Forsythe JA, Jiang BH, Iyer NV, Agani F, Leung SW, Koos RD, Semenza GL. Activation of vascular endothelial growth factor gene transcription by hypoxia-inducible factor 1.  Mol. Cell. Biol. 16:4604-4613 (1996).Citations: 2334.

Zhong H, De Marzo AM, Laughner E, Lim M, Hilton DA, Zagzag D, Buechler P, Isaacs WB, Semenza GL, Simons JW.  Overexpression of hypoxia-inducible factor 1 in common human cancers and their metastases. Cancer Res. 59:5830-5835 (1999). Citations: 1713.

Semenza GL, Wang GL.  A nuclear factor induced by hypoxia via de novo protein synthesis binds to the human erythropoietin gene enhancer at a site required for transcriptional activation.  Mol. Cell. Biol. 12:5447-5454 (1992). Citations: 1646.

Contact for Research Inquiries

Phone: 443-287-5619

Academic Affiliations & Courses

Graduate Program Affiliation

Cellular and Molecular Medicine
Human Genetics and Molecular Biology

Activities & Honors

Honors

  • Research Professor, American Cancer Society, 2012
  • Lefoulon-Delalande Grand Prize, Institut de France, 2012
  • Elected to the Institute of Medicine, 2012
  • Stanley J. Korsmeyer Award, American Society for Clinical Investigation, 2012
  • Canada Gairdner Award, 2010
  • Member, National Academy of Sciences USA, 2008
  • Member, Association of American Physicians, 2008
  • E. Mead Johnson Award for Research in Pediatrics, Society for Pediatric Research, 2000
  • Jean and Nicholas Leone Award, Children''s Brain Tumor Foundation, 1999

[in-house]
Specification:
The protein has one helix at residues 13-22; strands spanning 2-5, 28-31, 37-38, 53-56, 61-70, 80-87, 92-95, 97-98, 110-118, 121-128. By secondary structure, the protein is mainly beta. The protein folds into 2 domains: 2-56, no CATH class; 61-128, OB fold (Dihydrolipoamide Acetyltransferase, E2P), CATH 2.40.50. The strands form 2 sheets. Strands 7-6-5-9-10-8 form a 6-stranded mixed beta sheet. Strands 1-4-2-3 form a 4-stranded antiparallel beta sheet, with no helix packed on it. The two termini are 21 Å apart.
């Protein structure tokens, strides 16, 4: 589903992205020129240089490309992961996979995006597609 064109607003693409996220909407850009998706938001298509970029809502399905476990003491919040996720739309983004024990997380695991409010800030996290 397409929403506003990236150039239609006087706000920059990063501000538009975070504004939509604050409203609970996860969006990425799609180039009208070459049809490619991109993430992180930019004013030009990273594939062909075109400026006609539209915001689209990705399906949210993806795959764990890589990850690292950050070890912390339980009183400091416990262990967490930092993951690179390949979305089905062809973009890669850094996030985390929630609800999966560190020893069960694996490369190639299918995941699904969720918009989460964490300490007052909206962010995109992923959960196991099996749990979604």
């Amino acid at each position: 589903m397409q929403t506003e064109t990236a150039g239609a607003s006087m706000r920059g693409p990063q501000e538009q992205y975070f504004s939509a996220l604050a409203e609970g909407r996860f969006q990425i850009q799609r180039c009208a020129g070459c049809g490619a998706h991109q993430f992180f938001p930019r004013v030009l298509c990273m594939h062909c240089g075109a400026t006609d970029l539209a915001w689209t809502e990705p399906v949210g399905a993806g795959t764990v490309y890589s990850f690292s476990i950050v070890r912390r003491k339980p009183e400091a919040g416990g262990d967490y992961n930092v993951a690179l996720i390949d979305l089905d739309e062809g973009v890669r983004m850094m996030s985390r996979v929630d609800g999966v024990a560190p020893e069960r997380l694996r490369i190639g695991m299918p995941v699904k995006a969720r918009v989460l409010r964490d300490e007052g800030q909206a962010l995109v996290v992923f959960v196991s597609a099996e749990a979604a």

• Member, American Society for Clinical Investigation, 1995
  • Established Investigator Award, American Heart Association, 1994
  • Member, Society for Pediatric Research, 1991
  • Lucille P. Markey Scholar Award in Biomedical Science, Markey Trust, 1989
  • Alpha Omega Alpha Honor Medical Society, 1981
  • Nobel Prize in Physiology or Medicine, 2019

Patient Ratings & Comments

The Patient Rating score is an average of all responses to physician related questions on the national CG-CAHPS Medical Practice patient experience survey through Press Ganey. Responses are measured on a scale of 1 to 5, with 5 being the best score. Comments are also gathered from our CG-CAHPS Medical Practice Survey through Press Ganey and displayed in their entirety. Patients are de-identified for confidentiality and patient privacy.

  • ...Loading ratings...
  • ... 
  • ... 
  • ... 
  • ... 
  • ... 

Comments

Loading...
Is this you? Edit Profile
back to top button